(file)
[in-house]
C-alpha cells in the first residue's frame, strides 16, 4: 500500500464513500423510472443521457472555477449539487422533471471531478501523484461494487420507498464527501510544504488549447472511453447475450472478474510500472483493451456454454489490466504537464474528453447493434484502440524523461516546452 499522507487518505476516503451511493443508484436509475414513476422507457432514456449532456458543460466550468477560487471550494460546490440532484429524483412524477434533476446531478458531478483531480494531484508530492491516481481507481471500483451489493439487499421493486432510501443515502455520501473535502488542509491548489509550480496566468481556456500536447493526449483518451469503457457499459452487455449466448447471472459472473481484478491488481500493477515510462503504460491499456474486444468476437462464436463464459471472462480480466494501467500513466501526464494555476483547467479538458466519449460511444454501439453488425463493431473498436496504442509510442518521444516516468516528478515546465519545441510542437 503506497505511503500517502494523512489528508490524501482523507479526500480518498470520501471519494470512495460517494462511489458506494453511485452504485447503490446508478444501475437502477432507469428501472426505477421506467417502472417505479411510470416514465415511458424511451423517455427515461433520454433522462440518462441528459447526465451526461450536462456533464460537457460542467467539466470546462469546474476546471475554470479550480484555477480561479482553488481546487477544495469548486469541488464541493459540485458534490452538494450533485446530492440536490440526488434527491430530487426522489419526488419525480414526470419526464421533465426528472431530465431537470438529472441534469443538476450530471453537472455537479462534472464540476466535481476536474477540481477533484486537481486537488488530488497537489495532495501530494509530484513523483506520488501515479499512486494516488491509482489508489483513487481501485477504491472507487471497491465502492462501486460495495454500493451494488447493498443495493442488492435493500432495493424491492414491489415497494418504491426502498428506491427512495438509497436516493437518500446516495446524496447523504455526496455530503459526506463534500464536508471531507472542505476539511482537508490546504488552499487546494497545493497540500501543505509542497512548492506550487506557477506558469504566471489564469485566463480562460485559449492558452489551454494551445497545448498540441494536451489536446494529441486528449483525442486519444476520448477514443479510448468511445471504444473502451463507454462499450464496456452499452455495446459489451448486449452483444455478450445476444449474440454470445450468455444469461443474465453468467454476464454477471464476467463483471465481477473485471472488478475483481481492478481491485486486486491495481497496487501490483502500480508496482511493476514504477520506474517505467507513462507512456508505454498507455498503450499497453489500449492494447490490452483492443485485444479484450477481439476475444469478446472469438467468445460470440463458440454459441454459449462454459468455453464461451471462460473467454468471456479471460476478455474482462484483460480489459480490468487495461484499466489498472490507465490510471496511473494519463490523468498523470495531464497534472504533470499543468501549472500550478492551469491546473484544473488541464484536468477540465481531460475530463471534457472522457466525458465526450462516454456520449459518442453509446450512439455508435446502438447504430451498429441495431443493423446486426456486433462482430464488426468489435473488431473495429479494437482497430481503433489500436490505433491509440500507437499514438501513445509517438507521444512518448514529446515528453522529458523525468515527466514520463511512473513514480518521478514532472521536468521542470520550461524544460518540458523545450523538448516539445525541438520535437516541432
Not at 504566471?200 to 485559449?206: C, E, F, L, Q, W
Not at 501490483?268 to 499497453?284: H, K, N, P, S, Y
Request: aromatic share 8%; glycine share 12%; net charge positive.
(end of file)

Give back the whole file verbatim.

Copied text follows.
[in-house]
C-alpha cells in the first residue's frame, strides 16, 4: 500500500464513500423510472443521457472555477449539487422533471471531478501523484461494487420507498464527501510544504488549447472511453447475450472478474510500472483493451456454454489490466504537464474528453447493434484502440524523461516546452 499522507487518505476516503451511493443508484436509475414513476422507457432514456449532456458543460466550468477560487471550494460546490440532484429524483412524477434533476446531478458531478483531480494531484508530492491516481481507481471500483451489493439487499421493486432510501443515502455520501473535502488542509491548489509550480496566468481556456500536447493526449483518451469503457457499459452487455449466448447471472459472473481484478491488481500493477515510462503504460491499456474486444468476437462464436463464459471472462480480466494501467500513466501526464494555476483547467479538458466519449460511444454501439453488425463493431473498436496504442509510442518521444516516468516528478515546465519545441510542437 503506497505511503500517502494523512489528508490524501482523507479526500480518498470520501471519494470512495460517494462511489458506494453511485452504485447503490446508478444501475437502477432507469428501472426505477421506467417502472417505479411510470416514465415511458424511451423517455427515461433520454433522462440518462441528459447526465451526461450536462456533464460537457460542467467539466470546462469546474476546471475554470479550480484555477480561479482553488481546487477544495469548486469541488464541493459540485458534490452538494450533485446530492440536490440526488434527491430530487426522489419526488419525480414526470419526464421533465426528472431530465431537470438529472441534469443538476450530471453537472455537479462534472464540476466535481476536474477540481477533484486537481486537488488530488497537489495532495501530494509530484513523483506520488501515479499512486494516488491509482489508489483513487481501485477504491472507487471497491465502492462501486460495495454500493451494488447493498443495493442488492435493500432495493424491492414491489415497494418504491426502498428506491427512495438509497436516493437518500446516495446524496447523504455526496455530503459526506463534500464536508471531507472542505476539511482537508490546504488552499487546494497545493497540500501543505509542497512548492506550487506557477506558469504566471489564469485566463480562460485559449492558452489551454494551445497545448498540441494536451489536446494529441486528449483525442486519444476520448477514443479510448468511445471504444473502451463507454462499450464496456452499452455495446459489451448486449452483444455478450445476444449474440454470445450468455444469461443474465453468467454476464454477471464476467463483471465481477473485471472488478475483481481492478481491485486486486491495481497496487501490483502500480508496482511493476514504477520506474517505467507513462507512456508505454498507455498503450499497453489500449492494447490490452483492443485485444479484450477481439476475444469478446472469438467468445460470440463458440454459441454459449462454459468455453464461451471462460473467454468471456479471460476478455474482462484483460480489459480490468487495461484499466489498472490507465490510471496511473494519463490523468498523470495531464497534472504533470499543468501549472500550478492551469491546473484544473488541464484536468477540465481531460475530463471534457472522457466525458465526450462516454456520449459518442453509446450512439455508435446502438447504430451498429441495431443493423446486426456486433462482430464488426468489435473488431473495429479494437482497430481503433489500436490505433491509440500507437499514438501513445509517438507521444512518448514529446515528453522529458523525468515527466514520463511512473513514480518521478514532472521536468521542470520550461524544460518540458523545450523538448516539445525541438520535437516541432
Not at 504566471?200 to 485559449?206: C, E, F, L, Q, W
Not at 501490483?268 to 499497453?284: H, K, N, P, S, Y
Request: aromatic share 8%; glycine share 12%; net charge positive.